Retinoblastoma (RB) is the most common primary ocular malignancy of young children. Approximately 8,000 children are diagnosed with RB worldwide annually. If caught early RB can be cured, preserving life, vision, and the eye(s). At our institution, the treatment of retinoblastoma has evolved dramatically over the past decade. Utilization of focal therapies has transformed our treatment algorithms, patient outcomes and nursing care; our RB overall survival exceeds international rates. Localized treatments include chemotherapy administered directly into the eye via the ophthalmic artery or intra-vitreously, laser photocoagulation, cryotherapy, and, in cases of very advanced eyes, plaque brachytherapy or enucleation.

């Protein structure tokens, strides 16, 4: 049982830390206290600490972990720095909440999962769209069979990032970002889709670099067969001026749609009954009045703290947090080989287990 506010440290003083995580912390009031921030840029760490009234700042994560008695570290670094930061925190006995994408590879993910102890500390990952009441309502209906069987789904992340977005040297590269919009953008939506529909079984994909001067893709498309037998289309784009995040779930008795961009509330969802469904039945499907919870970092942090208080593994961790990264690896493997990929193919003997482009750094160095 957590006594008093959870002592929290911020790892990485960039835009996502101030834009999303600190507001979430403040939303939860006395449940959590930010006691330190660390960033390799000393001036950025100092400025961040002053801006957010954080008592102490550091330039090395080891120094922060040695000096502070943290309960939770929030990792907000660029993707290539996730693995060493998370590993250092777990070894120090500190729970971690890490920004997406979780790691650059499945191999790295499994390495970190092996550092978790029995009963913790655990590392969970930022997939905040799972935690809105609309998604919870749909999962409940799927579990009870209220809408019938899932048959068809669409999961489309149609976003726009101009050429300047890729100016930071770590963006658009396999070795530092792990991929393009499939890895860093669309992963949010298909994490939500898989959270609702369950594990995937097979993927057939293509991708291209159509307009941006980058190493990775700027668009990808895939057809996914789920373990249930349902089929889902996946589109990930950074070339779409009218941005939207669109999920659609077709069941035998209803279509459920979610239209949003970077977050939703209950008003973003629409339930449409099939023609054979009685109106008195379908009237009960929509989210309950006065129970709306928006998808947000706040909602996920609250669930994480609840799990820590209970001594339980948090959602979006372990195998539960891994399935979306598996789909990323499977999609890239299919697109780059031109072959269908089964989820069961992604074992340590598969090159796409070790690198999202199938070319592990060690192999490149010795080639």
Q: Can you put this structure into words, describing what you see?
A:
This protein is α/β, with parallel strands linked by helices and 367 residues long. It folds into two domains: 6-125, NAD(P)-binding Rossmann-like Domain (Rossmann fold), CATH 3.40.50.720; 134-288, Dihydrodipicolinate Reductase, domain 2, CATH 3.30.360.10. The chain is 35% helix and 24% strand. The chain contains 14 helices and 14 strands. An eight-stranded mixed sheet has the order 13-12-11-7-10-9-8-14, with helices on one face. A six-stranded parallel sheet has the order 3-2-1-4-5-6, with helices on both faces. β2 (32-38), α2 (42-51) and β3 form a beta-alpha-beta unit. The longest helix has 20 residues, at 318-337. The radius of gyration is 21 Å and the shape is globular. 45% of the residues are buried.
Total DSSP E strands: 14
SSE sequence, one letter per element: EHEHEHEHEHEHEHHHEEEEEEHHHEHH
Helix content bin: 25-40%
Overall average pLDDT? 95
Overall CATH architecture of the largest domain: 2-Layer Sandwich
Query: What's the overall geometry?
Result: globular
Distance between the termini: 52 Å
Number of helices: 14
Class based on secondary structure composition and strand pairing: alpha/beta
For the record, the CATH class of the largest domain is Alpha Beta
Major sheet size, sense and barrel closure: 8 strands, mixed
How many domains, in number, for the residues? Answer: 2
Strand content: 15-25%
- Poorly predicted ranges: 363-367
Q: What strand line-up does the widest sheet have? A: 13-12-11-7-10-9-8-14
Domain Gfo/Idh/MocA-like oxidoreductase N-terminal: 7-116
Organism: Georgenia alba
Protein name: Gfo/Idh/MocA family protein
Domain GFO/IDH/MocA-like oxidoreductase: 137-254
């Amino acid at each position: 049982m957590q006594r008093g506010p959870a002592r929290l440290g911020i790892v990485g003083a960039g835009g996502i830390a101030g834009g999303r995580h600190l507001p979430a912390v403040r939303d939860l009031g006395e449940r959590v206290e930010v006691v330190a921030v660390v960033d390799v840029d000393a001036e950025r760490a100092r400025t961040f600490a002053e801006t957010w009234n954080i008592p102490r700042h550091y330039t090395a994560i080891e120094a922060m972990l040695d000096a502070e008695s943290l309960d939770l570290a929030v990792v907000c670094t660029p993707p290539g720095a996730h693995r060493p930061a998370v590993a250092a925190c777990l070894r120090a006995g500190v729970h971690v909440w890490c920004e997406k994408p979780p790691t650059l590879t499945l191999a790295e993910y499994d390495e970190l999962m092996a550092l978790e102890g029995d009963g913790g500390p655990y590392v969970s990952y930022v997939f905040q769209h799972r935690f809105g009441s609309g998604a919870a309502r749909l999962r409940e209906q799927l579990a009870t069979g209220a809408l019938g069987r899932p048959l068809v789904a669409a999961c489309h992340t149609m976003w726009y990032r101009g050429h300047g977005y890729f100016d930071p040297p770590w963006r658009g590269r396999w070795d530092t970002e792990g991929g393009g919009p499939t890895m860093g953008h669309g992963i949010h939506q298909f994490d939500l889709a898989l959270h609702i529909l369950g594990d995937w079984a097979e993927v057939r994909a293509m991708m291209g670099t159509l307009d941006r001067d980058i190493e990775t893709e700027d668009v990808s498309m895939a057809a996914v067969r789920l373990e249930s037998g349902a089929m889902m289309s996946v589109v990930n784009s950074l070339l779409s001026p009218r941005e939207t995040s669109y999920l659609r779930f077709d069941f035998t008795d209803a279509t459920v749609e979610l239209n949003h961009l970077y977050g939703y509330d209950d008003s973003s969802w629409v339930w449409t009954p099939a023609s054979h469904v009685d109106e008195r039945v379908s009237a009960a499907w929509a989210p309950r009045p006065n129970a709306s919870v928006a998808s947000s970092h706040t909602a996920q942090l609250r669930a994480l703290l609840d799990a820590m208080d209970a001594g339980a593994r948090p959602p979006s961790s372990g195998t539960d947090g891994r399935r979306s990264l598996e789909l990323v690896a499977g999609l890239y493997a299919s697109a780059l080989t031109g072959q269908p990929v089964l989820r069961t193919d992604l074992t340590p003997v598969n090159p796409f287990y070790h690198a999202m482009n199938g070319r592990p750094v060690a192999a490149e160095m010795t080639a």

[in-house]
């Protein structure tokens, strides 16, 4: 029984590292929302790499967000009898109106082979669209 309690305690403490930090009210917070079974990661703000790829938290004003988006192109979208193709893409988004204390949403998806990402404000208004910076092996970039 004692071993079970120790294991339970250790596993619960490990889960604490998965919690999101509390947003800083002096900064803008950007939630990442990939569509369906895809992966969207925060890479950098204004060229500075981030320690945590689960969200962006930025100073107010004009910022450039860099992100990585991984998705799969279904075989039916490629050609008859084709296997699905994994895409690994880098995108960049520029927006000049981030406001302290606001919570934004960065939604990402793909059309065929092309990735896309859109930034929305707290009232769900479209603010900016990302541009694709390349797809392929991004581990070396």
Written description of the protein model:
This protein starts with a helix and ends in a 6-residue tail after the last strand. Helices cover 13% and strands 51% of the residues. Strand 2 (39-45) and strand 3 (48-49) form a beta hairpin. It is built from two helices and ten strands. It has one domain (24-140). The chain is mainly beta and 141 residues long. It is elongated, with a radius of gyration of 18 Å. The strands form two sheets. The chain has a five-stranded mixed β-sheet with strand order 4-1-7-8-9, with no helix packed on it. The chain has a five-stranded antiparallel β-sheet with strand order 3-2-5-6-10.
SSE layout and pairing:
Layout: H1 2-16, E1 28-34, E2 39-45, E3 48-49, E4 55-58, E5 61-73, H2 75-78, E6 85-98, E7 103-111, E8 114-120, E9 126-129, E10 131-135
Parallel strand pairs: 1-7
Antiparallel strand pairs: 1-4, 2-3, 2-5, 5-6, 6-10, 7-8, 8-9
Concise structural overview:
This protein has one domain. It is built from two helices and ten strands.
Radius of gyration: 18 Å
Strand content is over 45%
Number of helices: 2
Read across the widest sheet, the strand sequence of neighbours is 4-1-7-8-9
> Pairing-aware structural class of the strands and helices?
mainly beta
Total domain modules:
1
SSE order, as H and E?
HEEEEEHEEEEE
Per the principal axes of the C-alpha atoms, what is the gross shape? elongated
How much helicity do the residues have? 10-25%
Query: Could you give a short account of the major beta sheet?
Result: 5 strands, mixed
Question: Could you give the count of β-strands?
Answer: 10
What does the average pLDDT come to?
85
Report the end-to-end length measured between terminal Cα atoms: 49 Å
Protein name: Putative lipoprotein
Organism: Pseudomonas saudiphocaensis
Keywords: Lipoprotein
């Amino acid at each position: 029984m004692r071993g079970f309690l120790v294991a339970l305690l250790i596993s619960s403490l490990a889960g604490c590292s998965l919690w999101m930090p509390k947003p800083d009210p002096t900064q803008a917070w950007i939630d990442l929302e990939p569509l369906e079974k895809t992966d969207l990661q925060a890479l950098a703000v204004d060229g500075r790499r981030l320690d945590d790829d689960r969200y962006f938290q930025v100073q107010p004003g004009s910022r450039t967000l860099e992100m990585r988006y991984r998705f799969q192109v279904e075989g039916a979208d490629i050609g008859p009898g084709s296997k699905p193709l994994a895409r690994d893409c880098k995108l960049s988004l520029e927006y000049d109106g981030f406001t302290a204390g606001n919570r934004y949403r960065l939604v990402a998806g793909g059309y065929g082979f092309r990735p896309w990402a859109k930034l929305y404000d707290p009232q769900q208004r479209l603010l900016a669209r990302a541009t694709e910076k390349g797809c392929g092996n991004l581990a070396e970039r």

Children with RB are often treated with six or more cycles of systemic chemotherapy as a “chemoreduction” strategy using etoposide, carboplatin, and vincristine; this places the child at risk for serious potential side effects such as febrile neutropenia, ototoxicity, neurotoxicity, and the risk of secondary leukemia. We have virtually eliminated the use of systemic chemotherapy, utilizing it only in the presence of metastatic disease or in the youngest of patients too small for ophthalmic artery chemotherapy. We also no longer utilize external beam radiotherapy which has been shown to substantially increase the risk of secondary cancers in children with a heritable form of RB. The use of localized treatments reduces systemic morbidity, inpatient admissions, the need for central venous access, and overall healthcare costs, while not compromising curability. Pediatric oncology nurses need to be familiar with localized treatment options for RB to be able to comprehensively educate parents about therapy effectiveness and potential side effects, enhancing informed decision making.
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